Park Police investigators have determined that a thin, oily substance spread on some sections of the memorial and its adjacent paving stones last Friday was an act of vandalism.
Preservation and maintenance staff from the National Mall and Memorial Parks continue their work to identify and remove the substance. Because it has not been fully identified, they are using the most gentle of techniques to ensure that the substance is removed but that some of it is not also pushed into the granite stonework or grouting.
While progress has been made in removing some of the material, blotches remain along a stone curb, or paving stone, at the base of the wall for approximately 50 to 60 feet, with some of the names panels also splashed with the substance. Visitors are still able to read the names of veterans whose inscriptions have been affected. The Vietnam Veterans Memorial has remained open during the entire restorative process.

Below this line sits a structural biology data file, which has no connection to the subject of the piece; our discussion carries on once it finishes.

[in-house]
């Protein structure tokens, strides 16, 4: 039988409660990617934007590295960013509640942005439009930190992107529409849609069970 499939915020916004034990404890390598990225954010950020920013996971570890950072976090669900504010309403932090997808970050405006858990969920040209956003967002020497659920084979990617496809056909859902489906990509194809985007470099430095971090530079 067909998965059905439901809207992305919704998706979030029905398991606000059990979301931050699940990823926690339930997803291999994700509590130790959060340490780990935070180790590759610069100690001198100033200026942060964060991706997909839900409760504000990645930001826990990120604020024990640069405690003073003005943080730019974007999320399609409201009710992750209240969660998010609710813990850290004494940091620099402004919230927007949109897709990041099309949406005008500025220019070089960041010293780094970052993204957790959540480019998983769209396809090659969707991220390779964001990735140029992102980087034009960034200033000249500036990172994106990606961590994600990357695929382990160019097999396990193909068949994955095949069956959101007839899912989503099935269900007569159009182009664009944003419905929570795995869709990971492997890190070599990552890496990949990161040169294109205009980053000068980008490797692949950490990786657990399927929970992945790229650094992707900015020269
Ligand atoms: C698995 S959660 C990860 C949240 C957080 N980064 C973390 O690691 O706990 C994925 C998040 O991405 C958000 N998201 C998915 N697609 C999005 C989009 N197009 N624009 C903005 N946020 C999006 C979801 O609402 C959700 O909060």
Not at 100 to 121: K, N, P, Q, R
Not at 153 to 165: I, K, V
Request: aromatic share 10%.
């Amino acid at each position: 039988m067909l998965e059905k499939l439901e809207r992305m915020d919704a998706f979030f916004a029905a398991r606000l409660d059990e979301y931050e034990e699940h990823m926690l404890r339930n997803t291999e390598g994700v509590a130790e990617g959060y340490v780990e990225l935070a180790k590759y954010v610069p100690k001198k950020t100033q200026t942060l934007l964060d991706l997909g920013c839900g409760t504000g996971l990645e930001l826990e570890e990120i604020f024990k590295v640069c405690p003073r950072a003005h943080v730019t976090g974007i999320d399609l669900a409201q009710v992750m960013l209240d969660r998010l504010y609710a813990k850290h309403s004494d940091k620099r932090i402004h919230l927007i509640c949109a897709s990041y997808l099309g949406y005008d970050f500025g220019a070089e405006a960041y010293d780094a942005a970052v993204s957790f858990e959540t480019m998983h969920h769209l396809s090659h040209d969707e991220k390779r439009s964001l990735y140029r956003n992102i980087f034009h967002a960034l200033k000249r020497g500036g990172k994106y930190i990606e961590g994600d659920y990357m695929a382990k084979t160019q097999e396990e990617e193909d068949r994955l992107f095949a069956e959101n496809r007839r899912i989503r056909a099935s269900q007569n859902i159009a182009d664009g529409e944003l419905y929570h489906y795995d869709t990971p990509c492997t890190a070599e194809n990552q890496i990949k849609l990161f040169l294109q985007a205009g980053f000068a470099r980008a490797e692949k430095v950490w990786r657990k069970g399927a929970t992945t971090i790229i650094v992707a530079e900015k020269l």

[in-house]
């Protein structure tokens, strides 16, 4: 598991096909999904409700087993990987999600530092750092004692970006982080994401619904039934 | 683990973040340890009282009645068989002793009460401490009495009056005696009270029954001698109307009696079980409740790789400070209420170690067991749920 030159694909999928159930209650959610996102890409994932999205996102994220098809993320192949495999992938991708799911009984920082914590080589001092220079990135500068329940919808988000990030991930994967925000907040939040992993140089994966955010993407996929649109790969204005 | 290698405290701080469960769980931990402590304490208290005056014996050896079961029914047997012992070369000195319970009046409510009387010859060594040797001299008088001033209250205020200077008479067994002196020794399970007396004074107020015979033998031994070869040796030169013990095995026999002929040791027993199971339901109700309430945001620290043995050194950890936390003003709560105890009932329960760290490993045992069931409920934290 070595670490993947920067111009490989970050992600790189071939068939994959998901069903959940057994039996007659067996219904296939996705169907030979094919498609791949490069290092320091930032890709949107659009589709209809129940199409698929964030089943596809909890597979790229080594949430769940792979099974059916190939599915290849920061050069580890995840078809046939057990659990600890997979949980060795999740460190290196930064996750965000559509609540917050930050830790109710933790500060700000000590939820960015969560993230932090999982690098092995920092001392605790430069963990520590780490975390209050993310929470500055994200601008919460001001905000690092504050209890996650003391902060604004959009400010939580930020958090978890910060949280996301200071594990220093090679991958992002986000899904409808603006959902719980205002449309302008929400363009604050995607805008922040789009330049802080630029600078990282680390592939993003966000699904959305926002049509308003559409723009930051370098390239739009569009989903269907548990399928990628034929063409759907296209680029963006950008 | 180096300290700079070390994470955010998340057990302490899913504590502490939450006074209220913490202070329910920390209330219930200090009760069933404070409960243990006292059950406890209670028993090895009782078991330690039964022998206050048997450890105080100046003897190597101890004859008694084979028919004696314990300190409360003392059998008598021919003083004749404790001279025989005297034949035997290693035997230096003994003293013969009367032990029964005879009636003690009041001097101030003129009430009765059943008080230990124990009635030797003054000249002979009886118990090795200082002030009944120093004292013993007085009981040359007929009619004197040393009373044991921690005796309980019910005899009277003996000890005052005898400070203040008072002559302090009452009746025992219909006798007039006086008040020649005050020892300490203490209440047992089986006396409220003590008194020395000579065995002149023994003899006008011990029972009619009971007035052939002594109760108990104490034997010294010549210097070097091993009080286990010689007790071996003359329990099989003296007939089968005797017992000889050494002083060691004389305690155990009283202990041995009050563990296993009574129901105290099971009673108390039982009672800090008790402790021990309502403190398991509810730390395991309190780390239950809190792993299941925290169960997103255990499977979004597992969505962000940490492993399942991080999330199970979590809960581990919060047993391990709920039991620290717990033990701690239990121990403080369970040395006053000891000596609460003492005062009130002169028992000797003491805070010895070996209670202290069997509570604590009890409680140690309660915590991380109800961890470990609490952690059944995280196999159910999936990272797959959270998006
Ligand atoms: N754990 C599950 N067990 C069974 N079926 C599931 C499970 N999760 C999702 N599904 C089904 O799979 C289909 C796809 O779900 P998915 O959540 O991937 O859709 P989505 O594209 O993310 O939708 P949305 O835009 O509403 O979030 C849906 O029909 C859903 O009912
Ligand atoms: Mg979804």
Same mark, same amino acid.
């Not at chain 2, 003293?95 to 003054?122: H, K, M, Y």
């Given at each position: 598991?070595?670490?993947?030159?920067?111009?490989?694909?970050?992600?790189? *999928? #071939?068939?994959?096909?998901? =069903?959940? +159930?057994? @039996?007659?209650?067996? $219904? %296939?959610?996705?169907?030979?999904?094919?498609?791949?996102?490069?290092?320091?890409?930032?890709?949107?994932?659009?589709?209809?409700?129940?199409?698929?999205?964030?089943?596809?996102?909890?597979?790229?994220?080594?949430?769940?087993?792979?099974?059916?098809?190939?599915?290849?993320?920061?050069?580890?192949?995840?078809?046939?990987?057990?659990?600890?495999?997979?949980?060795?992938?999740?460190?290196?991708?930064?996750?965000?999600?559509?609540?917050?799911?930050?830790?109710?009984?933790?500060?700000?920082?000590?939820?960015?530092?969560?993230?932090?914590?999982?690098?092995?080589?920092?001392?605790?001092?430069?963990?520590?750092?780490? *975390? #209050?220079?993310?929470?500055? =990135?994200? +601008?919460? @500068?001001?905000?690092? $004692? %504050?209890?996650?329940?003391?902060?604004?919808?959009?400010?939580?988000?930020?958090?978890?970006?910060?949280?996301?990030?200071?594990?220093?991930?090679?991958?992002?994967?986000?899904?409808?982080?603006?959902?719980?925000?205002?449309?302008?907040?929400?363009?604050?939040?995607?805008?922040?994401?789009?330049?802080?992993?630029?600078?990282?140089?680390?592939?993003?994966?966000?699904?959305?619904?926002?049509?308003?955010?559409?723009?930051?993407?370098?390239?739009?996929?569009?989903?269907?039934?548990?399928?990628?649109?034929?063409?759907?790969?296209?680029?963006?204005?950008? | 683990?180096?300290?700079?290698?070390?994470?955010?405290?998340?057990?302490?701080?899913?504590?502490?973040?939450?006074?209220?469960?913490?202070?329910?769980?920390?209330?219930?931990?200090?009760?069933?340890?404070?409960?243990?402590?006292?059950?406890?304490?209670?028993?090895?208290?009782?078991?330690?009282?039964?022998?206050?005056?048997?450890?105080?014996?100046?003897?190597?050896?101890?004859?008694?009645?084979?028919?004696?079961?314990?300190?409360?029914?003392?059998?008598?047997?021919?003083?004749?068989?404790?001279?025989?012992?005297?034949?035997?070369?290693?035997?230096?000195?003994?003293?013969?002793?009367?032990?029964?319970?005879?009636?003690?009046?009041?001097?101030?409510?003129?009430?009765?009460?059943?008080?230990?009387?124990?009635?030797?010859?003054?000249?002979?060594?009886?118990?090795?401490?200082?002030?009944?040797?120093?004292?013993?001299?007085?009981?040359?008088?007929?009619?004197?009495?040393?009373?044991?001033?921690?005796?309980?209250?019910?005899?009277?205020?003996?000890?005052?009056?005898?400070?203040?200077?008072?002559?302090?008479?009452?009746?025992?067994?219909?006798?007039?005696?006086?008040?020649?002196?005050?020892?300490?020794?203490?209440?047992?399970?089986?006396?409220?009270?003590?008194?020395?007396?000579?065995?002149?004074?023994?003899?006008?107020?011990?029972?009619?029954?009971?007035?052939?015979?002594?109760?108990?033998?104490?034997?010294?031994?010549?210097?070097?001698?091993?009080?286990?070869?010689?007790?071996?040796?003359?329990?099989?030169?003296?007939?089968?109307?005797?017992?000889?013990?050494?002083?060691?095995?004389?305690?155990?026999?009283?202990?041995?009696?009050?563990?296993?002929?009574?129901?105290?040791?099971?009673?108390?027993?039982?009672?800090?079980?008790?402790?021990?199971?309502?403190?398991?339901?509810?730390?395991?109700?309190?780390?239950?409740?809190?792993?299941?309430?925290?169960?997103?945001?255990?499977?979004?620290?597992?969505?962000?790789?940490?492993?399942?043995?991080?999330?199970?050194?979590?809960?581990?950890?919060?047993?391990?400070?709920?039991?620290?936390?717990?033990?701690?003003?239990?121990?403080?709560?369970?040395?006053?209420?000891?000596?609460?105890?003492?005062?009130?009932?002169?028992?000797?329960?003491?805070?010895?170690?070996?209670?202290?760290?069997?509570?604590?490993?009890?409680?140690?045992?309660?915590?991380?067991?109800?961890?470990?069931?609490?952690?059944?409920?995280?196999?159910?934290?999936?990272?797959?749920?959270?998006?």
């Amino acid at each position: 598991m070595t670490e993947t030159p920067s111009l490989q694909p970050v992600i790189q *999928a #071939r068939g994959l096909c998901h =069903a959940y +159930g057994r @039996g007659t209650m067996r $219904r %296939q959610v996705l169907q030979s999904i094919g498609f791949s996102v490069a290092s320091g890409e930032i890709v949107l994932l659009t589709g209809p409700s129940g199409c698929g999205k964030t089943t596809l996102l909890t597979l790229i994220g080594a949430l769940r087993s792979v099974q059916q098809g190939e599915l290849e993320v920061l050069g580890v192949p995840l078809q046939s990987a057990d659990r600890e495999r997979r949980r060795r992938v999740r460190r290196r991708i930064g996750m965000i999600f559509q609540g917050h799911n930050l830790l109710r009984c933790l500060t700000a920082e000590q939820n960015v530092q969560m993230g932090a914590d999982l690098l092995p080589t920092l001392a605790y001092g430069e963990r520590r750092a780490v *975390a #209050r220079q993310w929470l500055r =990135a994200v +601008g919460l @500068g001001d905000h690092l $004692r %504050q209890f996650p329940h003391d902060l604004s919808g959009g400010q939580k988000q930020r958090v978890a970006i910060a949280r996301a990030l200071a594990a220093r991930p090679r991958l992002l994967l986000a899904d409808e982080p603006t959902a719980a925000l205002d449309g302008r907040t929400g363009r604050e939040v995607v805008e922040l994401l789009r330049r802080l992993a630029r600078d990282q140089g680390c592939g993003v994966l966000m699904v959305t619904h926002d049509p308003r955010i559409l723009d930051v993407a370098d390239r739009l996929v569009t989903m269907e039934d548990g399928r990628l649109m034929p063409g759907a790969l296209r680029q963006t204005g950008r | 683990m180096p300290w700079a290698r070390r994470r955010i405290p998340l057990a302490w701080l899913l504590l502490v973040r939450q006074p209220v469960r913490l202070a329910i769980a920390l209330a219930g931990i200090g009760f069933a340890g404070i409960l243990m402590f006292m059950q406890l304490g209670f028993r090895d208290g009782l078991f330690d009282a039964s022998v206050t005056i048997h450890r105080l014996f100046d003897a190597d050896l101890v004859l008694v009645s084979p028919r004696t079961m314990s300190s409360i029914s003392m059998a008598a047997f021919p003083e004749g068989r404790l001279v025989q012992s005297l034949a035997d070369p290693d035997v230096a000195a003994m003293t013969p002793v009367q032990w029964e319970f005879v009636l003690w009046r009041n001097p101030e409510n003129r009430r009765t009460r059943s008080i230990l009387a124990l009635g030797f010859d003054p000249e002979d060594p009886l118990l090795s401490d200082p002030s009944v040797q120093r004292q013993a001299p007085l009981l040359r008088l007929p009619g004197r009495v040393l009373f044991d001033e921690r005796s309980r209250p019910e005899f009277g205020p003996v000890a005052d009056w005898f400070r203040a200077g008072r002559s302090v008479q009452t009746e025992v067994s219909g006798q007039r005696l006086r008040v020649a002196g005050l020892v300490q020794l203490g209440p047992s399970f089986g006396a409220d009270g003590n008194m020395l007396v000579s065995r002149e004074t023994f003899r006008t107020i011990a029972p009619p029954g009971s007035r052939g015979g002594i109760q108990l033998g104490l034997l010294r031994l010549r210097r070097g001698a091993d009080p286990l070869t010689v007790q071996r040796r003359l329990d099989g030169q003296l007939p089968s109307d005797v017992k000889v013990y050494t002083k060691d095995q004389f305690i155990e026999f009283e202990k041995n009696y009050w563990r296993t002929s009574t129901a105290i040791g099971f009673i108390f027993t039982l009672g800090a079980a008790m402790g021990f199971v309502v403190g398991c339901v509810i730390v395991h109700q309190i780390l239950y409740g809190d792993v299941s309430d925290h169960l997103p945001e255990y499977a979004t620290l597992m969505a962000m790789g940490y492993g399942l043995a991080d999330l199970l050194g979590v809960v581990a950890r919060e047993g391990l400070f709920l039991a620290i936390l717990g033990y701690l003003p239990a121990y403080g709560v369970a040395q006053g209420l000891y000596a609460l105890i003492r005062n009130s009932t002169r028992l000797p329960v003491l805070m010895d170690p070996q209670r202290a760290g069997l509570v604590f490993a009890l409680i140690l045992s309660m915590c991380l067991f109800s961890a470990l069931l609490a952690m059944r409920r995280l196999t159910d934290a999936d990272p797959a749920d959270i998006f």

The Vietnam Veterans Memorial Fund is offering a $5,000 reward for information leading to an arrest and conviction in the case.
âIt is deplorable that someone would vandalize whatâs really a national shrine,â said Jan C. Scruggs, founder and president of the Vietnam Veterans Memorial Fund. âNo organized group would ever be a part of anything like this, but there are deranged individuals in our society, and I think one has visited the Vietnam Veterans Memorial.â
The black granite wall was dedicated in November of 1982 and bears the names of more than 58,000 men and women killed or missing in action in the Vietnam War. It is one of the most visited tourist sites in Washington, with an estimated 80 million visitors to the site since its opening.